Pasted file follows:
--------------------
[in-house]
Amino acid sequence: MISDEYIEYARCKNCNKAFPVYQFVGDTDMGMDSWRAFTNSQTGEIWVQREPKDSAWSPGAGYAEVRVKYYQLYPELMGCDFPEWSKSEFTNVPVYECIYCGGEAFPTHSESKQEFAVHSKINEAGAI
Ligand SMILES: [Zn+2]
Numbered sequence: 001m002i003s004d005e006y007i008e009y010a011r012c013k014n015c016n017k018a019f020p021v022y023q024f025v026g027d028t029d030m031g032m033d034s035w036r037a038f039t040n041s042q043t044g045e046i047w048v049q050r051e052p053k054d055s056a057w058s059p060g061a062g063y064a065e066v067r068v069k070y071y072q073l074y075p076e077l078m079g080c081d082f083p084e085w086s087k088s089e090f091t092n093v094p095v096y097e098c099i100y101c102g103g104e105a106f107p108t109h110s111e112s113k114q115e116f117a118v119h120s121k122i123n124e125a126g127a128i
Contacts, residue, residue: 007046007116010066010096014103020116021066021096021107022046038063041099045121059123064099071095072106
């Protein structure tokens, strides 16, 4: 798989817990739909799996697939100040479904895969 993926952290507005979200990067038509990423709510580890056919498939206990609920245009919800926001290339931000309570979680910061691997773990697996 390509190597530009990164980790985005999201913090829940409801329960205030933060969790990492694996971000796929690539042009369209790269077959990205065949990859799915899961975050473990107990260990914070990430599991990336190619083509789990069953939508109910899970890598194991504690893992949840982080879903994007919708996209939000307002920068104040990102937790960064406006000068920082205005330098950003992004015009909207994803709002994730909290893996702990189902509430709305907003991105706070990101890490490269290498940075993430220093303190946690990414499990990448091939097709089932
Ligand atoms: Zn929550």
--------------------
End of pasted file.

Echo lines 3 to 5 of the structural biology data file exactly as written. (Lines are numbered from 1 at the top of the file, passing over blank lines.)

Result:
Ligand SMILES: [Zn+2]
Numbered sequence: 001m002i003s004d005e006y007i008e009y010a011r012c013k014n015c016n017k018a019f020p021v022y023q024f025v026g027d028t029d030m031g032m033d034s035w036r037a038f039t040n041s042q043t044g045e046i047w048v049q050r051e052p053k054d055s056a057w058s059p060g061a062g063y064a065e066v067r068v069k070y071y072q073l074y075p076e077l078m079g080c081d082f083p084e085w086s087k088s089e090f091t092n093v094p095v096y097e098c099i100y101c102g103g104e105a106f107p108t109h110s111e112s113k114q115e116f117a118v119h120s121k122i123n124e125a126g127a128i
Contacts, residue, residue: 007046007116010066010096014103020116021066021096021107022046038063041099045121059123064099071095072106